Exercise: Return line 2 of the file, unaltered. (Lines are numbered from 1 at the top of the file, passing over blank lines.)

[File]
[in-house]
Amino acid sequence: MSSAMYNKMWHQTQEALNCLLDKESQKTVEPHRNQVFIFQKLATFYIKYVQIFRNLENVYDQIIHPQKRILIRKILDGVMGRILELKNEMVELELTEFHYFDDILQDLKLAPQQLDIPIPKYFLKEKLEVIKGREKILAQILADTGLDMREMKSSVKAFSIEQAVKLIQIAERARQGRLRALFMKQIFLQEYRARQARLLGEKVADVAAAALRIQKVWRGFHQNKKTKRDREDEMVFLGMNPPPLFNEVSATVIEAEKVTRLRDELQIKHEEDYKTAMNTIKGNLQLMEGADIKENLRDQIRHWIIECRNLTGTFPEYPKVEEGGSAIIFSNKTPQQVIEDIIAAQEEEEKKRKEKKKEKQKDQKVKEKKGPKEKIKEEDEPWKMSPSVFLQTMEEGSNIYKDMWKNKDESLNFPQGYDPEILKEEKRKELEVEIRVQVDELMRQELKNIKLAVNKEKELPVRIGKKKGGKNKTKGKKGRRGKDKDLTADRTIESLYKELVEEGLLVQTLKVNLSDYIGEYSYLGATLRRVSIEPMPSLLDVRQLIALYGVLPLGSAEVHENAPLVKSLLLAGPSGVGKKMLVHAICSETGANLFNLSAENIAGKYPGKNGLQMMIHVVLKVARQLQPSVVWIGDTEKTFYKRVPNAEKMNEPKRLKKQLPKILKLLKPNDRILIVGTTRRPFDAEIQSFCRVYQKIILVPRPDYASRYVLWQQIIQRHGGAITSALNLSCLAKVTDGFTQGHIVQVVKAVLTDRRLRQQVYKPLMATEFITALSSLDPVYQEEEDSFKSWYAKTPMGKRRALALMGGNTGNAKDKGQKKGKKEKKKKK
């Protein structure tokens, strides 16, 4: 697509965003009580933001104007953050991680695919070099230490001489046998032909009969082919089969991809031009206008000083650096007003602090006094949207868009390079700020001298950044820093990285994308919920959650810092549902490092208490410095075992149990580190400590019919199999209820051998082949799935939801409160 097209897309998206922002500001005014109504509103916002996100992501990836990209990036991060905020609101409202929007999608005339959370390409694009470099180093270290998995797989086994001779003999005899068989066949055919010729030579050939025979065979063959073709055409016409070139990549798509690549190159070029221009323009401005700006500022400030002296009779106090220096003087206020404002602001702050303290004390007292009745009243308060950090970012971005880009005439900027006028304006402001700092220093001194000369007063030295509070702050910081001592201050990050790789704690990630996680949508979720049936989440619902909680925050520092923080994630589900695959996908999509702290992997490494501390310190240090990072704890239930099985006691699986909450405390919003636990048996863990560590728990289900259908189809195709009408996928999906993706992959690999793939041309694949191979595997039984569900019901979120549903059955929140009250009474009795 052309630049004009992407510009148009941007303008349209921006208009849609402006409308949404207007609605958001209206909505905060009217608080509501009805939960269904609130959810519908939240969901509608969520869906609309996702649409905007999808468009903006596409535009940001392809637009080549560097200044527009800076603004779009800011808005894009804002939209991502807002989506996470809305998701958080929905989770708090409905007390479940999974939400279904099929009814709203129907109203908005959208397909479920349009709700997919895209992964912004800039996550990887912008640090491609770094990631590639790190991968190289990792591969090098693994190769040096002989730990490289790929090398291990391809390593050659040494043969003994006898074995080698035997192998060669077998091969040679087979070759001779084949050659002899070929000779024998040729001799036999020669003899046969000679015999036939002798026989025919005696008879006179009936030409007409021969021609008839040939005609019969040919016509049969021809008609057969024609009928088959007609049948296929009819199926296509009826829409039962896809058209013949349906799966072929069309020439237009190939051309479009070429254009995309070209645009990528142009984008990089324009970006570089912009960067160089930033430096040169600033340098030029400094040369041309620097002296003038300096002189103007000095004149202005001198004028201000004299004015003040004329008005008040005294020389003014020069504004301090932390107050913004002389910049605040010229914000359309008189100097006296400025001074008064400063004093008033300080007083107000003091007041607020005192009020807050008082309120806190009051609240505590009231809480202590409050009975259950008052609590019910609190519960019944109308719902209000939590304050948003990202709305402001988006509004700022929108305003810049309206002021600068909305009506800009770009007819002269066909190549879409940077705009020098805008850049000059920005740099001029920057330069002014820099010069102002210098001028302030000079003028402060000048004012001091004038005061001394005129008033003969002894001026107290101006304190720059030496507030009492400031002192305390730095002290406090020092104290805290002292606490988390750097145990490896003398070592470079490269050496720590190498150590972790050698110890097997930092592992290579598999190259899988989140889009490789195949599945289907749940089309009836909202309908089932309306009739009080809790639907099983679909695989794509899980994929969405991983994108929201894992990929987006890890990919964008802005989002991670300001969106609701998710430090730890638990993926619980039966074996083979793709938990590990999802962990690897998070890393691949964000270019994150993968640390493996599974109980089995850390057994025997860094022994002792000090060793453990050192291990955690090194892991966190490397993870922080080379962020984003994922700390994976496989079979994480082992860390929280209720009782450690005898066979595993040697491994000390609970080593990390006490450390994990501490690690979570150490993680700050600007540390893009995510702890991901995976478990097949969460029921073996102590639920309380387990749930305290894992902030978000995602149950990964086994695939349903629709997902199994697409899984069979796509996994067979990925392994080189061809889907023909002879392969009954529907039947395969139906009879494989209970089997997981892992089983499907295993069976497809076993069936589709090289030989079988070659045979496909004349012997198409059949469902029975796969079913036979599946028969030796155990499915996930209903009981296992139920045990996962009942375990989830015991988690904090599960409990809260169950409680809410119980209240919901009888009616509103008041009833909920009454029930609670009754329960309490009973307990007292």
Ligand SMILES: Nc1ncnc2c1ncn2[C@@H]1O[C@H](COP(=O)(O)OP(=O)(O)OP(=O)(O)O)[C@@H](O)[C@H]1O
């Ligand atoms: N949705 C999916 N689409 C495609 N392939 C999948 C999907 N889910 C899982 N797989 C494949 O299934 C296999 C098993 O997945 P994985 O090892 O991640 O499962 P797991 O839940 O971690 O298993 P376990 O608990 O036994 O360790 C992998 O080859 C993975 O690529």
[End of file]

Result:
Amino acid sequence: MSSAMYNKMWHQTQEALNCLLDKESQKTVEPHRNQVFIFQKLATFYIKYVQIFRNLENVYDQIIHPQKRILIRKILDGVMGRILELKNEMVELELTEFHYFDDILQDLKLAPQQLDIPIPKYFLKEKLEVIKGREKILAQILADTGLDMREMKSSVKAFSIEQAVKLIQIAERARQGRLRALFMKQIFLQEYRARQARLLGEKVADVAAAALRIQKVWRGFHQNKKTKRDREDEMVFLGMNPPPLFNEVSATVIEAEKVTRLRDELQIKHEEDYKTAMNTIKGNLQLMEGADIKENLRDQIRHWIIECRNLTGTFPEYPKVEEGGSAIIFSNKTPQQVIEDIIAAQEEEEKKRKEKKKEKQKDQKVKEKKGPKEKIKEEDEPWKMSPSVFLQTMEEGSNIYKDMWKNKDESLNFPQGYDPEILKEEKRKELEVEIRVQVDELMRQELKNIKLAVNKEKELPVRIGKKKGGKNKTKGKKGRRGKDKDLTADRTIESLYKELVEEGLLVQTLKVNLSDYIGEYSYLGATLRRVSIEPMPSLLDVRQLIALYGVLPLGSAEVHENAPLVKSLLLAGPSGVGKKMLVHAICSETGANLFNLSAENIAGKYPGKNGLQMMIHVVLKVARQLQPSVVWIGDTEKTFYKRVPNAEKMNEPKRLKKQLPKILKLLKPNDRILIVGTTRRPFDAEIQSFCRVYQKIILVPRPDYASRYVLWQQIIQRHGGAITSALNLSCLAKVTDGFTQGHIVQVVKAVLTDRRLRQQVYKPLMATEFITALSSLDPVYQEEEDSFKSWYAKTPMGKRRALALMGGNTGNAKDKGQKKGKKEKKKKK